Grimm FA, Klaren WD, Li X, Lehmler HJ, Karmakar M, Robertson LW, Chiu WA. Rusyn I. 2020. Cardiovascular effects of polychlorinated biphenyls and their major metabolites. Environ Health Persp 128(7):77008, PMID: 32701041.
Xenobiotic metabolism is complex, and accounting for bioactivation and detoxification processes of chemicals remains among the most challenging aspects for decision making with in vitro new approach methods data.
Considering the physiological relevance of human organotypic culture models and their utility for high-throughput screening, we hypothesized that multidimensional chemical-biological profiling of chemicals and their major metabolites is a sensible alternative for the toxicological characterization of parent molecules vs. metabolites in vitro.
In this study, we tested 25 polychlorinated biphenyls (PCBs) [PCB 3, 11, 52, 126, 136, and 153 and their relevant metabolites (hydroxylated, methoxylated, sulfated, and quinone)] in concentration–response () for effects in human induced pluripotent stem cell (iPSC)-derived cardiomyocytes (CMs) and endothelial cells (ECs) (iPSC-derived and HUVECs). Functional phenotypic end points included effects on beating parameters and intracellular flux in CMs and inhibition of tubulogenesis in ECs. High-content imaging was used to evaluate cytotoxicity, mitochondrial integrity, and oxidative stress.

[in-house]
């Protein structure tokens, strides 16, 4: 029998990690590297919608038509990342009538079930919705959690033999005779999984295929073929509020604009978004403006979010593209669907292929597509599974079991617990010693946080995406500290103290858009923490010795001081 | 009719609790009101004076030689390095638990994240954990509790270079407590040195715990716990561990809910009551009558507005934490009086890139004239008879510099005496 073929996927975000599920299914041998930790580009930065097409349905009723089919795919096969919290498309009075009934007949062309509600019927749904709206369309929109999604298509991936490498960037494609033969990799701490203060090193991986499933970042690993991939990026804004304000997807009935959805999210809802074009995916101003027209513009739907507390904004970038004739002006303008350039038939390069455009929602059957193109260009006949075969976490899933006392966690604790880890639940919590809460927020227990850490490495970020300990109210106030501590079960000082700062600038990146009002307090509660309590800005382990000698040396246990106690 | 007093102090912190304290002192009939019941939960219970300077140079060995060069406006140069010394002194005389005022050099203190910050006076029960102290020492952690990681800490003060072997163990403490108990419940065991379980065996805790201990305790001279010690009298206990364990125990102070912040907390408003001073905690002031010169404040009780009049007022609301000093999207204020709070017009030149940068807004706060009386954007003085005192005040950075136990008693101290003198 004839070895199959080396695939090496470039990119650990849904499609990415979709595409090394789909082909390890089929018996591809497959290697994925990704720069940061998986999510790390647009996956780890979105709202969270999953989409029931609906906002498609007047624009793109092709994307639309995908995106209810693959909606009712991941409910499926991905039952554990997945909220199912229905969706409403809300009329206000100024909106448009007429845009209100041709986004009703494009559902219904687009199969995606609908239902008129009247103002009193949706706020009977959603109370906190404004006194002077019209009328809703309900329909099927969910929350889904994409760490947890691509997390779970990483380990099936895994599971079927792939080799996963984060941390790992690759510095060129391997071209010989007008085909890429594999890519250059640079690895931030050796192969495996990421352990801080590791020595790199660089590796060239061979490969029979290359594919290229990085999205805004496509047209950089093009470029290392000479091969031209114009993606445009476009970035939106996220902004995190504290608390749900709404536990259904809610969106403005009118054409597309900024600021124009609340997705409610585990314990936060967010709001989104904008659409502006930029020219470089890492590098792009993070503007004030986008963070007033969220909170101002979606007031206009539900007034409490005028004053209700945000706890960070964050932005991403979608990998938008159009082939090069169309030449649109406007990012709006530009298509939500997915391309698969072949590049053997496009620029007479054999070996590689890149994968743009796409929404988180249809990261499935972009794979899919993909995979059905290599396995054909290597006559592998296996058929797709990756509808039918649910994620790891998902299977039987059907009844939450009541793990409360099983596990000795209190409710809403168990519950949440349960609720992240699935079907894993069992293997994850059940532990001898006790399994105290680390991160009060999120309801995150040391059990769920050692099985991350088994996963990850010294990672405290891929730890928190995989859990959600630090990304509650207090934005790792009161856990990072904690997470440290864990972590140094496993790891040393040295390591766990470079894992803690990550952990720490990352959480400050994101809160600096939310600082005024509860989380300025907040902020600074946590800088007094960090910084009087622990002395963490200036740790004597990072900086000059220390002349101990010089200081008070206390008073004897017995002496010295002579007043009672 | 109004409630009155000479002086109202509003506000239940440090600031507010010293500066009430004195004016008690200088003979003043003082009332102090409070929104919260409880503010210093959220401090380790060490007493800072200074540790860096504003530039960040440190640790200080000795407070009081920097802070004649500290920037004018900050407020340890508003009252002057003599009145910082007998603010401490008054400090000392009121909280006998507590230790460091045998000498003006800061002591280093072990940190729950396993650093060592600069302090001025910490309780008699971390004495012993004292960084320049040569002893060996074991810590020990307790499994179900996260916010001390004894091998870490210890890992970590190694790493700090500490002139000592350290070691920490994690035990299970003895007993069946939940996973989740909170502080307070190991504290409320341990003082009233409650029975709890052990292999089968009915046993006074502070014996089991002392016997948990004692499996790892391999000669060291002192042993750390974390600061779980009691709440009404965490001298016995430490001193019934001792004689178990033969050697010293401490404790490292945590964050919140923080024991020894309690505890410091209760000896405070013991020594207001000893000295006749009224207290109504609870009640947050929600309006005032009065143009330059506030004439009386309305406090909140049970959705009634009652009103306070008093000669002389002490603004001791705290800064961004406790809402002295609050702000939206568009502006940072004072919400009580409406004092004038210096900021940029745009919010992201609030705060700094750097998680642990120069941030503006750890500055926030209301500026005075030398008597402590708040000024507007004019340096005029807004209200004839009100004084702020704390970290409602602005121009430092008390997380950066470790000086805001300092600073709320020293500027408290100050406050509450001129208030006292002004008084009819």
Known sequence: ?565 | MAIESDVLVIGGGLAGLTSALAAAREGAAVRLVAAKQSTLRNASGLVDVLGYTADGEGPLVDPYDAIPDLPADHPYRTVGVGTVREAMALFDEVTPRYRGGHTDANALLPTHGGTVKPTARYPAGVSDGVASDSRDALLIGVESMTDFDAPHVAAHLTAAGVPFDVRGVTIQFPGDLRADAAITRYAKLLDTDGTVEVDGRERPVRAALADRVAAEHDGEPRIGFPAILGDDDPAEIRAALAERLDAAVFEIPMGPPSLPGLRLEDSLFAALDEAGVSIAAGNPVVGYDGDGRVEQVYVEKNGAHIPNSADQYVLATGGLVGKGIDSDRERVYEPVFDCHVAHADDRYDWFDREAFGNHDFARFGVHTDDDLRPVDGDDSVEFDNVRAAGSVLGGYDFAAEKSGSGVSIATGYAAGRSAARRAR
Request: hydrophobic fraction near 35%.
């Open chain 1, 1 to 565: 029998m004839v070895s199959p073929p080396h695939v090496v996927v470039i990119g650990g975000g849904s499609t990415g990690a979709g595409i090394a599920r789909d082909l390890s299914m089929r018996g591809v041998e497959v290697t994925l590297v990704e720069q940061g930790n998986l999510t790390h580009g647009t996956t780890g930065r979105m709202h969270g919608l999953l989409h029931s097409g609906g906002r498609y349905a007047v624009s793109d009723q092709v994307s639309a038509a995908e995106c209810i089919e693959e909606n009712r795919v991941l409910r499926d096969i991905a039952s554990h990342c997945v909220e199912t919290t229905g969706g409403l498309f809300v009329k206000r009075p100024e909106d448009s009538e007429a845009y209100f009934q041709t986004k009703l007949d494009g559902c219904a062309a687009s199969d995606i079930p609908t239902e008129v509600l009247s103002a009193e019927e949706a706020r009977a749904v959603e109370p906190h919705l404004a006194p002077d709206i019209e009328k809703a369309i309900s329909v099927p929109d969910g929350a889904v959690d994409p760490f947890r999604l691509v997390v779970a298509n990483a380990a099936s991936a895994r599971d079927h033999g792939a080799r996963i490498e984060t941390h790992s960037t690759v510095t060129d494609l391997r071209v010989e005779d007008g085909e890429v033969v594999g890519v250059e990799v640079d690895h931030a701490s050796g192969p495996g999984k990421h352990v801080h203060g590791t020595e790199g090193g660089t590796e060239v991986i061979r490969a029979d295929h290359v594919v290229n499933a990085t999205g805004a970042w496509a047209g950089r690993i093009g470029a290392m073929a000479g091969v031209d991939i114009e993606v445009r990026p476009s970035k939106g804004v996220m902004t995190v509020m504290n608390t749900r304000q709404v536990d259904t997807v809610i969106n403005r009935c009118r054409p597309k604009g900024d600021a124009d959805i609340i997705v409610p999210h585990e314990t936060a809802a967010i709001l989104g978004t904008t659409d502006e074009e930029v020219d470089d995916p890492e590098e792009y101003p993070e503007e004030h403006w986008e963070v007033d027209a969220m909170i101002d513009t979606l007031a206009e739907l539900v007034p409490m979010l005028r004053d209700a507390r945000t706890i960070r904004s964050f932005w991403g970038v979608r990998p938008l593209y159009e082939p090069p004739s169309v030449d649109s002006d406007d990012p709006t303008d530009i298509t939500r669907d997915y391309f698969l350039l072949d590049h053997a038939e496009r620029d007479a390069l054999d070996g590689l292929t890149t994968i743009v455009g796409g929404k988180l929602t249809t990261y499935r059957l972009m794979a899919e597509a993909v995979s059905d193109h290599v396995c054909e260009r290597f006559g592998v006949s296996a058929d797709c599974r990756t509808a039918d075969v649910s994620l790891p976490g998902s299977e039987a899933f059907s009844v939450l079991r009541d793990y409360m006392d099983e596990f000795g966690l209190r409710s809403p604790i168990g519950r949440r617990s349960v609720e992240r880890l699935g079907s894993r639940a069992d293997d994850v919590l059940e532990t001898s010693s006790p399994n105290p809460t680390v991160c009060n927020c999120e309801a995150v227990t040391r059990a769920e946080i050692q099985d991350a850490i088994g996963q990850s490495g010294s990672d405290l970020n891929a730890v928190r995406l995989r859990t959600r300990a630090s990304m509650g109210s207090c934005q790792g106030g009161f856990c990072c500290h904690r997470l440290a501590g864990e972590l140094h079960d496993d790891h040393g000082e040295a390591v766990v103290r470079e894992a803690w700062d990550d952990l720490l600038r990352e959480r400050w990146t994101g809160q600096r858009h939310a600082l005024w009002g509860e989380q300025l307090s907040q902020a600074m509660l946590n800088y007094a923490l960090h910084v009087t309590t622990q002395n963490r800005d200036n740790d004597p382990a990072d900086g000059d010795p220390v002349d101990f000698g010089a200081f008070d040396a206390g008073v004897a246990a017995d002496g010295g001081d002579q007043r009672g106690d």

Data integration of a total of 19 physicochemical descriptors and 36 in vitro phenotypes revealed that chlorination status and metabolite class are strong predictors of the in vitro cardiovascular effects of PCBs. Oxidation of PCBs, especially to di-hydroxylated and quinone metabolites, was associated with the most pronounced effects, whereas sulfation and methoxylation of PCBs resulted in diminished bioactivity.
Risk characterization analysis showed that although in vitro derived effective concentrations exceeded the levels measured in the general population, risks cannot be ruled out due to the potential for population variability in susceptibility and the need to fill data gaps using read-across approaches. This study demonstrated a strategy for how in vitro data can be used to characterize human health risks from PCBs and their metabolites. https://doi.org/10.1289/EHP7030